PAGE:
PEOPLE in York and Selby are more likely to be binge drinkers, according to a report into inequality in the city.

While people within the Vale of York area can expect to live longer than the national average, York faces a number of 'health inequalities' in which it performs worse than other parts of the country.

Among these are alcohol related problems. Binge drinking among adults is higher than other places with 28.8 per cent of the adult population

estimated to be binge drinkers compared with 20 per cent nationally. The number of hospital admissions for alcohol-related cancer conditions is also higher than the average in England.

Poverty has a big impact on the life expectancy gap at birth in York with a difference of 7.4 years for males and and 5.8 years for females, the annual report from the Vale of York NHS Clinical Commissioning Group (CCG) states.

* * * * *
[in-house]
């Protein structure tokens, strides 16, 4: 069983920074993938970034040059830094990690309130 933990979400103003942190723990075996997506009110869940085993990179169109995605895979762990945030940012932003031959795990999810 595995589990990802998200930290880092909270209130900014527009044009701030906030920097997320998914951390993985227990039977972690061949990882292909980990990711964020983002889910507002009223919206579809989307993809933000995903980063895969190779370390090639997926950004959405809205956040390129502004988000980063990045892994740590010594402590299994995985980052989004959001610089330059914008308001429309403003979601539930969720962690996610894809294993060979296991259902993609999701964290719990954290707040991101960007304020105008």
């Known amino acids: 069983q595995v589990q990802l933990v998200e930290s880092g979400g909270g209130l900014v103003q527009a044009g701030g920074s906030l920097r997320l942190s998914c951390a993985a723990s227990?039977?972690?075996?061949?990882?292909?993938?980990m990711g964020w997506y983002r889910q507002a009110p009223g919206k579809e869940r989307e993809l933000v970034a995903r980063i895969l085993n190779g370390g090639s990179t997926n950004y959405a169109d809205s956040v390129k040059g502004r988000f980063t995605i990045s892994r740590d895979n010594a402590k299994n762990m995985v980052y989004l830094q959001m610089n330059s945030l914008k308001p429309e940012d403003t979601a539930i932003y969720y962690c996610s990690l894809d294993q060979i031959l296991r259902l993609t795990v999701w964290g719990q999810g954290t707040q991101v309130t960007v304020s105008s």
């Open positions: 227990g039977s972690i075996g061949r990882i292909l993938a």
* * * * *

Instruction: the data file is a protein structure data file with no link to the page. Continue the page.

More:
The report states: "The CCG recognises that there is a strong link between poverty and poor health, across the Vale of York seven areas rank within the 20 per cent most deprived in England, (five in York and two in Selby). Almost 12,000 people live in these areas."

People in York are more likely to die from a stroke in they are aged over 75, with 708 deaths per 100,000 population - significantly higher than the England average of 609 per 100,000.

Linked with this are a high number of admissions for heart attacks, stroke, respiratory disease, and stage 5 kidney diseases in people with diabetes.

Meanwhile, smoking quit rates at four weeks are also significantly worse than in similar CCGs at 480 per 100,000 locally compared to 868 per 100,000 in England.

And more people in North Yorkshire are registered as having depression with 60,789 people on the GP depression disease register in North Yorkshire in 2010-11, equivalent to a prevalence of 13.3 per cent, above the national average of 11.2 per cent.